When Forcing A Soccer Team Consisting Of Twelve-Year Old Girls To Quit Goes Wrong
Mark Abboud is the coach of the Minnesota Thunder’s 12-and-under girls soccer club. You could say he made a wee-bit of a mistake last weekend.
Here’s what went down: his team, playing against a heavily-favored and more talented 13-and-under team from the same club, fought bitterly and played a great game, forcing two overtimes and playing to a 1-1 tie.
That set the stage for a dramatic penalty shootout. The winner would go on toward the state cup, and likely, the regional tournament.
The back story: Last year, the team that is now called the Thunder was upset by a younger team that went on to get clobbered in state tournaments.
That’s when things got a little dicey, as they say.
Abboud told his girls that the “classy” thing would be to “roll the ball” nicely to the goalkeeper, virtually ensuring the “better team” moved on. The girls were shocked, but followed orders.
When it was over, they “sobbed so hard they were shaking,” according to one parent.
Uh-oh. That ain’t good. To say the move backfired a bit is more than an understatement. Abboud is now being investigated for his actions and some parents are demanding he be fired. One would think Abboud is not thrilled that this has become a big story – you would be wrong. During an interview on Tuesday for an excellent story written by Star Tribune columnist John Tevlin, Abboud had this to say:
“I’m actually excited you are doing a story. I won’t try to justify anything. I hope if my girls learned anything, it’s that everyone is human, everyone makes a mistake. I hope they do not judge me by one act.”
Abboud, a former professional soccer player, feels absolutely horrible about what he did and admirably is refusing to shy away from criticism.
“Within one minute of the game I knew it was a mistake. It was an absurdly idiotic decision that at the time I thought was in the best interest of the team. My girls were distraught, my parents were irate.”
As one would suspect, many parents of girls on the team are extremely upset.
“One parent, who requested anonymity, said Abboud is a great coach, “but this was morally wrong. He told them to go against everything they’ve ever learned about competition and sportsmanship. He might as well have told them to rob a bank.”
Other parents, on the other hand, are not in such a rush to condemn the coach.
“I told my daughter [Britney] that Mark Abboud didn’t put you in this situation, I did,” said Loren Monteon, a parent. Getting clobbered by bigger players at state “is not my idea of a fun tournament experience,” he said. “Mark made my daughter the athlete she is. If he’s not there, she’s not going to be there.”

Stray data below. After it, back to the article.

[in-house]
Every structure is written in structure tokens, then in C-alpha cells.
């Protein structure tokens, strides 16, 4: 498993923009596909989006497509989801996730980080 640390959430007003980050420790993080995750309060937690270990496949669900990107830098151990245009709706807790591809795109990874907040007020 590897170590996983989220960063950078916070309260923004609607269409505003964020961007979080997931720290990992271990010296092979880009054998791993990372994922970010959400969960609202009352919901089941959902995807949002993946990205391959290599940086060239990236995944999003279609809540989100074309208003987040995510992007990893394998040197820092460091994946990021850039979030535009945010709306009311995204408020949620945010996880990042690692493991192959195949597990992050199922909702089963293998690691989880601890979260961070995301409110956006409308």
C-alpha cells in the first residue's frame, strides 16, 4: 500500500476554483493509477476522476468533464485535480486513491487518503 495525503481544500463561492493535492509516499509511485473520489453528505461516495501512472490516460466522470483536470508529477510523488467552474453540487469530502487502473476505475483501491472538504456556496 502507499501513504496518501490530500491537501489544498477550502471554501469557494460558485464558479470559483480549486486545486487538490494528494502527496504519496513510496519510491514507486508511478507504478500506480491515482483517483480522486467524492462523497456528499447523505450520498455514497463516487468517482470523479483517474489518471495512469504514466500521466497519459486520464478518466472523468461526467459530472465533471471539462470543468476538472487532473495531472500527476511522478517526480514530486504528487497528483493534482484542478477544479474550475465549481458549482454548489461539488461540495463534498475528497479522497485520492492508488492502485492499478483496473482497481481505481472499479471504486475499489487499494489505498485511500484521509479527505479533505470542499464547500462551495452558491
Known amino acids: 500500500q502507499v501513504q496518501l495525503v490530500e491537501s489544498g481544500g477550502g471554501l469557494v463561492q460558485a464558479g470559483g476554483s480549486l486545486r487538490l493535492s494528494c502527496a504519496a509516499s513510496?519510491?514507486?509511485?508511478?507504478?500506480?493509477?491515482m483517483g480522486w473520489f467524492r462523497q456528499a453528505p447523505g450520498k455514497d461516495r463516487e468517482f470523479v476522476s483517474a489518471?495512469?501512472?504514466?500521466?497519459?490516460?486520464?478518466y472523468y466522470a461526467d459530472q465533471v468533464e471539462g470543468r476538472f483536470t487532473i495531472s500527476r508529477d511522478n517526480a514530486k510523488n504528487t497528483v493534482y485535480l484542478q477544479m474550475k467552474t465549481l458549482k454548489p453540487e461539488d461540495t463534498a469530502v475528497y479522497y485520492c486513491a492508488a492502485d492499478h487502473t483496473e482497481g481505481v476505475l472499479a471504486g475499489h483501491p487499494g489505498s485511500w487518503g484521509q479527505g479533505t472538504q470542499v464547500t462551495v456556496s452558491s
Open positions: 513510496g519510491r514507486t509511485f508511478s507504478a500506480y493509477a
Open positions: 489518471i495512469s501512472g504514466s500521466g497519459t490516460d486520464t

Soccer mom Colleen Heslin agrees.
“I failed my daughter for not thinking this through. I had the option to say, ‘Mark, let’s rethink this.’ His intentions were pure and honest, but misguided. As I sat on the bench and watched them play their hearts out, I thought, ‘My God, how did I just let this happen?'”
“I’ve been thinking, which message is right: Win at all costs, or work toward the better good of the club, or is it even the better good? I don’t know. With all these soccer moms and hockey dads, are we too caught up in it, this competition?”
“After all. This is 12-year-old soccer we are talking about.”
Unfortunately for Coach Abboud, not all of the parents will be as understanding. Despite the fact that the girls love and respect their coach, it may be the end of the line for him as a soccer coach – a fact he recoginzes – “Maybe that’s a sign I should try something else after 15 years,” he admitted.
Most importantly, the girls are doing well and will obviously not have any long-term psychological scars from the incident. Sometimes you have to wonder what youth sports are all about in this day and age – is it for the kids to get outside and exercise and learn the valuable lessons about sportsmanship and teamwork – or is it all about the parents now, vicariously living and dying through their child’s successes and failures on the field and perhaps providing them with sustenance to feed their fragile egos.
Sometimes, everyone loses. And even more often, the coaches are the ones caught in the middle. The same coaches who often thanklessly work their asses off coaching the kids of these parents who want nothing more than to criticize and judge every move he or she makes.
You have to feel bad for Abboud. He thought he was doing the right thing, but more often than not, the right thing isn’t a black-or-white issue – usually it is found somwhere in the gray area and people like Abboud find that they are damned if they do and damned if they don’t.
A moment of truth plays out on soccer field [Star Tribune]